I went to my local Best Buy store today and the entire storefront windows were a Giant Ad for the New HP TouchPad tablet. Once inside I asked the sales agent if I could see an HP TouchPad and was told No I’m Sorry we don’t have any left in stock but I can show you an iPad instead. I said wow you mean they’re selling that fast, no he replied actually they’re not selling at all and after 7 weeks HP pulled the plug on the TouchPad and called it quits ordering the existing stock to be liquidated for only $99.
That’s right folks with the signage still on the windows and billboards all over town touting the next big thing in tablet computing HP packed in the TouchPad after less than two months and blew out existing inventory.
At $99 the iPad wanna be HP TouchPads flew off the shelves and sold out in a matter of hours however the format is essentially dead leaving Touchpad owners with a tablet whose operating system will not be supported and an OS and apps which will not be updated.
The sudden entrance and exit of HP into the tablet market serves as a reminder of just how strong and firmly entrenched Apple iPad is with more than 62% market share and no signs of declining.
At the Consumer Electronics Show CES2011 more than 40 manufacturers announced and showed tablet computers touted as iPad killers but the Dell Streak 5, Motorola Xoom, BlackBerry Playbook just to name a few have all failed to catch on and have quickly become failures or in the case of HP’s Touchpad and Dell’s Streak 5 have been discontinued due to lack of demand and slow sales. Only the Samsung GalaxyTab is giving Apple any kind of competition with 17% market share. The Blackberry Playbook currently has a disappointing 3.3% market share.
With every week that goes by Apple’s market share continues to solidify and grow while other manufacturers look for a crack in Apple’s amour. Initially most manufacturers thought “FLASH” would be the magic bullet to propel the sales of their tablets by so far “Flash” doesn’t seem to be the secret ingredient to drive sales, user experience and apps are the things consumers want most in a tablet and for that Apple is firmly entrenched as the King with the most apps and best, intuitive user experience unrivaled by any of it’s competitors.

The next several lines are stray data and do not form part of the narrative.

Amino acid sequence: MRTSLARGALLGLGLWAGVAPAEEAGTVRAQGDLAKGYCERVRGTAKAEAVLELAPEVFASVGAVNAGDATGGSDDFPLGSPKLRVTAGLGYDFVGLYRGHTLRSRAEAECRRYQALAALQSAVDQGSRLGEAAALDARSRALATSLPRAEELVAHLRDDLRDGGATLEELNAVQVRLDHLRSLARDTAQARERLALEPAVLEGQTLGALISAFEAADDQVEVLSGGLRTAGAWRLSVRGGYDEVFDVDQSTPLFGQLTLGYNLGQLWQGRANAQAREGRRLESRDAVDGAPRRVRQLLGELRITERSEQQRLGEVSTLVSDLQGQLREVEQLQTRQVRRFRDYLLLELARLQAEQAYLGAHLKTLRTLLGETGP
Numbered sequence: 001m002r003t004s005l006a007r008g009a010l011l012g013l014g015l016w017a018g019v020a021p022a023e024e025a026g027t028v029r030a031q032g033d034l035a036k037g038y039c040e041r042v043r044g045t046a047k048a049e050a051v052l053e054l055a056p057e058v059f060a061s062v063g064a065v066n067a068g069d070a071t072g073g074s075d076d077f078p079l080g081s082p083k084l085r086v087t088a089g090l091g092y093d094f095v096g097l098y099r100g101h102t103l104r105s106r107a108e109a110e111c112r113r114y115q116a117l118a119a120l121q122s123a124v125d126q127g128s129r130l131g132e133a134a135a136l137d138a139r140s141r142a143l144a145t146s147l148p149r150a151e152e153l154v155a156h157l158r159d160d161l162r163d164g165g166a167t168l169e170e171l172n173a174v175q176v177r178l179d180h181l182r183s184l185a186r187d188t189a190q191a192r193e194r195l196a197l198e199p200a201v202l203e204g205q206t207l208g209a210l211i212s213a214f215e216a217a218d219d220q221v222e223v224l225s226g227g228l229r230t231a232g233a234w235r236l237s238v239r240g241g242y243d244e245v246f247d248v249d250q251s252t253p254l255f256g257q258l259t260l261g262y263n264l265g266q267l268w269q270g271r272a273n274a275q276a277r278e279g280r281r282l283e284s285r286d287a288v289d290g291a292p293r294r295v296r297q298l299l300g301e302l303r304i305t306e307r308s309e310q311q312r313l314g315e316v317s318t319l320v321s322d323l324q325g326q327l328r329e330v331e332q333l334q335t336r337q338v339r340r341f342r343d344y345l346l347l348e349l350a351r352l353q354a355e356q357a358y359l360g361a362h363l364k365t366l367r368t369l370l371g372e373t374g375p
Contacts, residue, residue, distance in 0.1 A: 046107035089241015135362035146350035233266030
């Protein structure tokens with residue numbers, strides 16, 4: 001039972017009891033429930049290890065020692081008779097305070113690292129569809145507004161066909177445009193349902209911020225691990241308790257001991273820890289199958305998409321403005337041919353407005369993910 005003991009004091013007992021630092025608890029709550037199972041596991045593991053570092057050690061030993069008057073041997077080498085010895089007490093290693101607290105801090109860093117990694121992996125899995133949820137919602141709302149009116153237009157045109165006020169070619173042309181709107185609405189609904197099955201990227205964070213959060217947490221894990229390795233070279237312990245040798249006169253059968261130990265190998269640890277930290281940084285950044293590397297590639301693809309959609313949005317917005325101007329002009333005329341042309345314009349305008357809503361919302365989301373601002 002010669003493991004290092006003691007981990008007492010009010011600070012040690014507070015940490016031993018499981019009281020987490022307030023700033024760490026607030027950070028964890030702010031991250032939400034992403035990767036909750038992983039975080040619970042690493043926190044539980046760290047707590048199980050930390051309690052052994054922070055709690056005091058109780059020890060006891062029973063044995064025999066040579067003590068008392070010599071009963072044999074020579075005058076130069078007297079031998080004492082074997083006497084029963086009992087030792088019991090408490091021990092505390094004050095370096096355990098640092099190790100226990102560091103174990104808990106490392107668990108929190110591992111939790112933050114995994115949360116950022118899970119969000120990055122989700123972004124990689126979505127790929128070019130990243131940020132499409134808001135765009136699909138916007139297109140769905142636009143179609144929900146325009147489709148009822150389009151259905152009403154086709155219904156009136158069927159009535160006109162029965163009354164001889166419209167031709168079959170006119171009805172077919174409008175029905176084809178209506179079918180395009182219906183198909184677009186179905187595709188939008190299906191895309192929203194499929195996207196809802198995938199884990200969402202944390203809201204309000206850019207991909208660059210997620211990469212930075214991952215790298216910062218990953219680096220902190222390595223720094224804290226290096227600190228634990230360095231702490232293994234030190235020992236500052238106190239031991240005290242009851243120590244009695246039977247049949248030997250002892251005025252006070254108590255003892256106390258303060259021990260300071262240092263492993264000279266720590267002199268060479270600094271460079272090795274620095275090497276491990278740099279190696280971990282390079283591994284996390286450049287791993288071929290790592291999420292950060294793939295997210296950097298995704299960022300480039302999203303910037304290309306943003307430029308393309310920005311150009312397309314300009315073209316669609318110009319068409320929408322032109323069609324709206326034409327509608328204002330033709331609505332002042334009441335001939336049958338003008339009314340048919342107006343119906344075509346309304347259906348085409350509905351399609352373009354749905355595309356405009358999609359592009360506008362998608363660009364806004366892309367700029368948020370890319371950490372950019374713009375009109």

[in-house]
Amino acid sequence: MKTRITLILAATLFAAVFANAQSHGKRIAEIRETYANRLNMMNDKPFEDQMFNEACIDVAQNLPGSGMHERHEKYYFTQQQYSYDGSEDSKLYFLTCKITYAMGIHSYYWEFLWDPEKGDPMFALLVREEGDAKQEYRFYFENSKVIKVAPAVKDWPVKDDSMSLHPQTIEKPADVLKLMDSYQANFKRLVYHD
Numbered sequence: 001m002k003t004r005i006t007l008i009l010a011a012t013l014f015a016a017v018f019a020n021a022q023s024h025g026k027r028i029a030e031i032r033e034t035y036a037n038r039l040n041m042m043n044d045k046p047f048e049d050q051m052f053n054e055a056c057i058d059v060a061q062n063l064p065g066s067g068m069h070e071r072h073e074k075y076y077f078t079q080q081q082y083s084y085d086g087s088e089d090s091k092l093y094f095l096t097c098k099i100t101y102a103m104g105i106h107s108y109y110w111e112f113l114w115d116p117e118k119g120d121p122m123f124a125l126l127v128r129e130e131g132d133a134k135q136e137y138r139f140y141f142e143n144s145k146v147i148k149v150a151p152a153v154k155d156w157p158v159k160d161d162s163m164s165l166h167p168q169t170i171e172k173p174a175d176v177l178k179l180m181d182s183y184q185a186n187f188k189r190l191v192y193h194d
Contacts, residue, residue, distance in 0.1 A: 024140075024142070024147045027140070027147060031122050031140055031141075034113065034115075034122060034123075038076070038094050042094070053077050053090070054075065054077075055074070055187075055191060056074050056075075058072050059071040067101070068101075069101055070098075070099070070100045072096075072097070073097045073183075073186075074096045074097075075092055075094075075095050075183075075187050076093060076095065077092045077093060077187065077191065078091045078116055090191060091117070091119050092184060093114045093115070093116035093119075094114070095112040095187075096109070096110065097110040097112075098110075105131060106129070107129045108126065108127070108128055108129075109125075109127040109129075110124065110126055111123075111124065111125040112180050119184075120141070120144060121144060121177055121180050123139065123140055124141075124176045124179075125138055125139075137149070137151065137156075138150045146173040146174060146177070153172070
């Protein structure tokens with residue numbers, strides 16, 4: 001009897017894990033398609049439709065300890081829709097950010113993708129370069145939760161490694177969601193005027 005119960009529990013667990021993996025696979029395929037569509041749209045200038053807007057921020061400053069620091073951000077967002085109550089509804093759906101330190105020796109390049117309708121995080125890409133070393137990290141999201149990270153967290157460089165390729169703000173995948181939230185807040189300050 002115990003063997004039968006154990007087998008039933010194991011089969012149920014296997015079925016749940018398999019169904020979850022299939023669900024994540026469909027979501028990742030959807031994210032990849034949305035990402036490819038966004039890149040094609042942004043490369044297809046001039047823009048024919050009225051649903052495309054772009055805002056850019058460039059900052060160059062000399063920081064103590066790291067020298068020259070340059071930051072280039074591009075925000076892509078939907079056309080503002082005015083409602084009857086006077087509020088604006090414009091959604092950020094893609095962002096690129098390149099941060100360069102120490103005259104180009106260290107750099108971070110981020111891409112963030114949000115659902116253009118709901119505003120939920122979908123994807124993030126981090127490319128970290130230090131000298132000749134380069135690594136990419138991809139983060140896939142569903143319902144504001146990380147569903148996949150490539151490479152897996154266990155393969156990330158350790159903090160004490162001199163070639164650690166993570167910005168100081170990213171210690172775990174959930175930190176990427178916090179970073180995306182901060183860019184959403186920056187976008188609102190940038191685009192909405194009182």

So who’s next to challenge Apple’s dominance in the tablet computer market. Google announced last week that it plans to by Motorola’s Xoom platform and develop their own Android based software tablet while Microsoft also plans to announce software in the coming months which will run on a wide ran of devices including PC’s laptops and tablets both touch and keyboard and mouse controlled. Amazon.com maker’s of the popular Kindle e-reader also plan to release a tablet this fall which Amazon labels a game changer running Android’s Honeycomb OS System on a 7” inch sub $300 tablet just in time for Christmas.
HP’s experiment clearly shows there is a market for a $99 tablet but anything priced in the range of the iPad will not sell as consumers will choose the iPad over any other similarly priced tablet and in most cases are willing to pay 10-30 percent more for an iPad than other tablets regardless of the ability to play “Flash”
Google, Microsoft and Amazon are all big players and certainly have enough cash to give Apple a run for their money. If we can learn anything from the iPod experience and sales cycle we can safely say that the iPad seems to be following a similar sales path and market dominance that the iPod enjoyed leading this writer to predict that the iPad will continue to lead the Tablet Market segment in terms of Market Share, Number of Apps and dominance. The iPad is to tablet computing as the iPod was to MP3 players.
There’s only two kind of tablet customers: iPad users and those that wish they were.